DVD

REVIEW: Whitesnake – Flesh & Blood (2019 Japanese import)

WHITESNAKE – Flesh & Blood (2019 Cynjas Japanese import CD)

So you got the new Whitesnake.  Think you got all the songs just because you got the deluxe version on CD or iTunes?  Naw!  Think again!  Once again, it’s Japan with the hardest to find bonus tracks.

To be fair, it’s a give and take.  While Japan often gets their own exclusive songs, they also miss out on others.  In North America, we got a deluxe edition with “Can’t Do Right For Doing Wrong”, “If I Can’t Have You”, and three remixes of album tracks.  The Japanese CD has none of those, but instead has its own exclusive remix.

The ballad “After All” is surely one of the highlights on Flesh & Blood.  As a simple, fairly unadorned acoustic love song, it’s right in the wheelhouse of more recent “unzipped” ‘Snake.  Well, the Japanese bonus remix is even more stripped down.  The “Unzipped” mix is the same recording, just with less stuff in the mix — no electric guitars, no keyboards.  An insignificant difference?  Absolutely.  But with an acoustic song this fucking good, you may enjoy the purity of the unembellished version.  Up to you really, but if you’re the kind of collector that needs “all the tracks”, then you do need this, don’t you?

“I don’t care about bonus tracks,” you say.  “Just tell me if the album is any good!”

Check out our track by track review for full details, but in short:  fuck yes!

Flesh & Blood is being described by enthusiastic fans as “the best album since Slip of the Tongue.  They are probably correct in that declaration.  It’s stunningly good:  diverse, well written and well played.  It draws from a broader palette of sound than many of the past albums, and even dips back into the 1970s on “Can’t Do Right For Doing Wrong” (which isn’t on the Japanese CD).  There are no songs to skip through, and while not all are equally strong, none suck.  It has a high ratio of songs that could become future classics, like “Gonna Be Alright”, “Good To See You Again”, and “Sands of Time”.  So yes, to answer your questions, it’s a bloody good album no matter what version you can afford.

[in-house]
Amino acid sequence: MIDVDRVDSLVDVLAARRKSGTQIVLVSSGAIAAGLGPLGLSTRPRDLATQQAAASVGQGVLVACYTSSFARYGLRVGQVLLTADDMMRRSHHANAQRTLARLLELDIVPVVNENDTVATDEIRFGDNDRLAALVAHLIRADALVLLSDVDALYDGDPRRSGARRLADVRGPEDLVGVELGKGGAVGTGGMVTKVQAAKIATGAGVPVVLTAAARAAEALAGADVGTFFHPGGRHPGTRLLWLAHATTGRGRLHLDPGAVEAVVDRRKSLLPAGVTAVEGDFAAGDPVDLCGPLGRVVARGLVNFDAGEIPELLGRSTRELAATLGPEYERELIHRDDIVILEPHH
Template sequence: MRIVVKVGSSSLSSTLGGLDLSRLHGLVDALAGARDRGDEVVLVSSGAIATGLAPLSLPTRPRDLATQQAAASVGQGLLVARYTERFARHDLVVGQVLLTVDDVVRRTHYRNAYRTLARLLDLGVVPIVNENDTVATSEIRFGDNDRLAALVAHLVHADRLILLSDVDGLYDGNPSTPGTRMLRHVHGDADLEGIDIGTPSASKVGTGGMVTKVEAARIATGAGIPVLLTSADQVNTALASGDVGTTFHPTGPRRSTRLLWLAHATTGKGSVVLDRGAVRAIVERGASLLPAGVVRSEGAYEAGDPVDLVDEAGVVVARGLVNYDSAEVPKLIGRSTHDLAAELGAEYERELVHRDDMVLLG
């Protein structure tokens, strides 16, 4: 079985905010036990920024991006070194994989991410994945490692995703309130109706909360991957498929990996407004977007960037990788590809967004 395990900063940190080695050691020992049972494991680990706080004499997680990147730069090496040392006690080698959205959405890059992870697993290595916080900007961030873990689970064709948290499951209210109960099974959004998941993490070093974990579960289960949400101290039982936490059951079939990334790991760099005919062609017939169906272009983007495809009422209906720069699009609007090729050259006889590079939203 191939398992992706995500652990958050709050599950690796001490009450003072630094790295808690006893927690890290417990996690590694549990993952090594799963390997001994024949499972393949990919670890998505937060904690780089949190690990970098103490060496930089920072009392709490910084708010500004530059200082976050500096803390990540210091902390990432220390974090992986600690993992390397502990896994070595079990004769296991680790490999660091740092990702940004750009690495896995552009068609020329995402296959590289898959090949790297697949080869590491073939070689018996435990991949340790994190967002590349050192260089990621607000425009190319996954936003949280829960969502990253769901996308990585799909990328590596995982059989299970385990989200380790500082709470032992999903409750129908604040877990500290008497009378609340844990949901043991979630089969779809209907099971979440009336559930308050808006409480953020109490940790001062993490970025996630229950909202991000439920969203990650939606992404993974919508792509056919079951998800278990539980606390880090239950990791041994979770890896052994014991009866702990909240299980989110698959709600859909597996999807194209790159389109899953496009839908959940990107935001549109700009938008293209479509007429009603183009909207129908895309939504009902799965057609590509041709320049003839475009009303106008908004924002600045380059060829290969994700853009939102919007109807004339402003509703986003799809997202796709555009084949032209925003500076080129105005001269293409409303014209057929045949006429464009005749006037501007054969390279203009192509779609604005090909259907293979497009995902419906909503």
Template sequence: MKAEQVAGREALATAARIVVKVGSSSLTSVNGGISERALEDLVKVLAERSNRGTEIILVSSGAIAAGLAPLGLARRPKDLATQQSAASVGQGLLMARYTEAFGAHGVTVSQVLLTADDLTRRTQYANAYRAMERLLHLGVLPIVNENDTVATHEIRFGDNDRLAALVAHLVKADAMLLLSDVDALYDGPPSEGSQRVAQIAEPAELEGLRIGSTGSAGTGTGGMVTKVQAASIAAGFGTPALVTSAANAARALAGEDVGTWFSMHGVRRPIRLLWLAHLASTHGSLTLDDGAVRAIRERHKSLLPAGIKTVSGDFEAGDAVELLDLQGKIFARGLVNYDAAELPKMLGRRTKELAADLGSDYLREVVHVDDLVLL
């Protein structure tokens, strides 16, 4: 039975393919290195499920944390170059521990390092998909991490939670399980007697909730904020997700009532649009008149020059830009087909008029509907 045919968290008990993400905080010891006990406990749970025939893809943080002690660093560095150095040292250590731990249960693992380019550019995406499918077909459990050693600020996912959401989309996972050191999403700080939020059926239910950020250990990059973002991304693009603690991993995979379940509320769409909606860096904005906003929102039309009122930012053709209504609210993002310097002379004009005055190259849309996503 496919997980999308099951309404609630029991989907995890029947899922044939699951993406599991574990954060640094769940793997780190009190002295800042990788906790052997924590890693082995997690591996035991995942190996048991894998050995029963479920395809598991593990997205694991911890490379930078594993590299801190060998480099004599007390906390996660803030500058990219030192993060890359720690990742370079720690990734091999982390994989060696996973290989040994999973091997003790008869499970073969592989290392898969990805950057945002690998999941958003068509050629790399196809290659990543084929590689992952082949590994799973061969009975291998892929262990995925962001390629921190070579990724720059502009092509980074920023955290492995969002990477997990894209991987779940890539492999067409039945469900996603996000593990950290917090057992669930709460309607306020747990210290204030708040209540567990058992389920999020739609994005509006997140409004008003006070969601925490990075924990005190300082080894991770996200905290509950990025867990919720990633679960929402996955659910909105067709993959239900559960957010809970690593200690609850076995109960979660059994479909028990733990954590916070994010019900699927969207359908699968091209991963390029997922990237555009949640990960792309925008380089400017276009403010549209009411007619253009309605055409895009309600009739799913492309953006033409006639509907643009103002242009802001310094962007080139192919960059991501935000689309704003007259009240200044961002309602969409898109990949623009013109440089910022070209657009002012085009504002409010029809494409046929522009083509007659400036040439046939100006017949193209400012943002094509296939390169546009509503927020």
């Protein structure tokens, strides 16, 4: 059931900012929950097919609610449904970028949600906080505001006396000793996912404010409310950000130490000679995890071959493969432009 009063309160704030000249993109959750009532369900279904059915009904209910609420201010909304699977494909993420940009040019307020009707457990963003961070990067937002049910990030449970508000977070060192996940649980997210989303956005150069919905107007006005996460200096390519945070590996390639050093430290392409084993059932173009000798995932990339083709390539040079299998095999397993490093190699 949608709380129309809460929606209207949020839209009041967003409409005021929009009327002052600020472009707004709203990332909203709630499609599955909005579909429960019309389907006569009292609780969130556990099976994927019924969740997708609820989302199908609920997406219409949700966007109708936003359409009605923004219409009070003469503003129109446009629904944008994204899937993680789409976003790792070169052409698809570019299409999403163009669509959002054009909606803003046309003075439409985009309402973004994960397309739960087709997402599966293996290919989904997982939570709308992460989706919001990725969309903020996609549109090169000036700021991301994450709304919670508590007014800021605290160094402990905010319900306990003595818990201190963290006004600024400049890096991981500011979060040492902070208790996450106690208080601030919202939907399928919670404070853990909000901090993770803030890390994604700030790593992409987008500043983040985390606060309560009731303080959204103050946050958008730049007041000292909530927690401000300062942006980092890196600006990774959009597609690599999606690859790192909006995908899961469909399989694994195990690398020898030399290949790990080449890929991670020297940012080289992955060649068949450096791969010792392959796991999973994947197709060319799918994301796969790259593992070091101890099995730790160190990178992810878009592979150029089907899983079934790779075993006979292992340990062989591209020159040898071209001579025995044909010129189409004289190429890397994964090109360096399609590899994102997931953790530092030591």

The domestic CD is the best buy for its songs-per-dollar value (18 tracks on the deluxe), over the Japanese (14 tracks).  Rating this purely as an album with its bonus track, it’s still a solid:

4.5/5 stars.  Could be the album of the year.

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REVIEW: Whitesnake – Flesh & Blood (2019 deluxe)

WHITESNAKE – Flesh & Blood (2019 Frontiers CD/DVD deluxe edition)

What’s the year again?  You’ll want to check, because David Coverdale just released the best Whitesnake album since the 1980s.  Swollen with fresh song ideas, this ‘Snake has more bite.  Maybe it’s the unleashing of Reb Beach or the new contributions of Joel Hoekstra.  Whatever the cause, Flesh & Blood is sheer nirvana for fans of classic hard rock and technical guitar playing.  The album is evidence that this could be the best lineup David’s had since Steve Vai.  For guitar geeks, there are lead break credits for each song, a-la Judas Priest.

“Good to See You Again” is an ideal opener and you could hear it working that way live.  David then assures you it’s “Gonna Be Alright”, on a slick number with a darker vibe and major hooks — almost more 90s Queensryche than Whitesnake, but with a good time in mind.  “Shut Up & Kiss Me”, the lead single, shows that David isn’t afraid to get sleazy even in his senior years.  It’s good time party rock, expertly delivered.  A clear choice for single.

Going heavy, “Hey You (You Make Me Rock)” grooves like the ‘Snake you remember.  The soloing here will make you wet your pants.  “But it’s not John Sykes!” scream the unbelievers.  Well, check out “Always & Forever” for a hint of that Thin Lizzy regality.  It’ll bring you back to the days of Jailbreak but with David instead of Phillip.  Then comes the first ballad: “When I Think of You (Color Me Blue)”  Reminiscent of “The Deeper the Love”?  There are many who love ballads — more power to ’em!  This is a good one.  Things get greasier on “Trouble is Your Middle Name”.  Pedal to the metal — not sure where David is getting the fuel from, but it’s potent.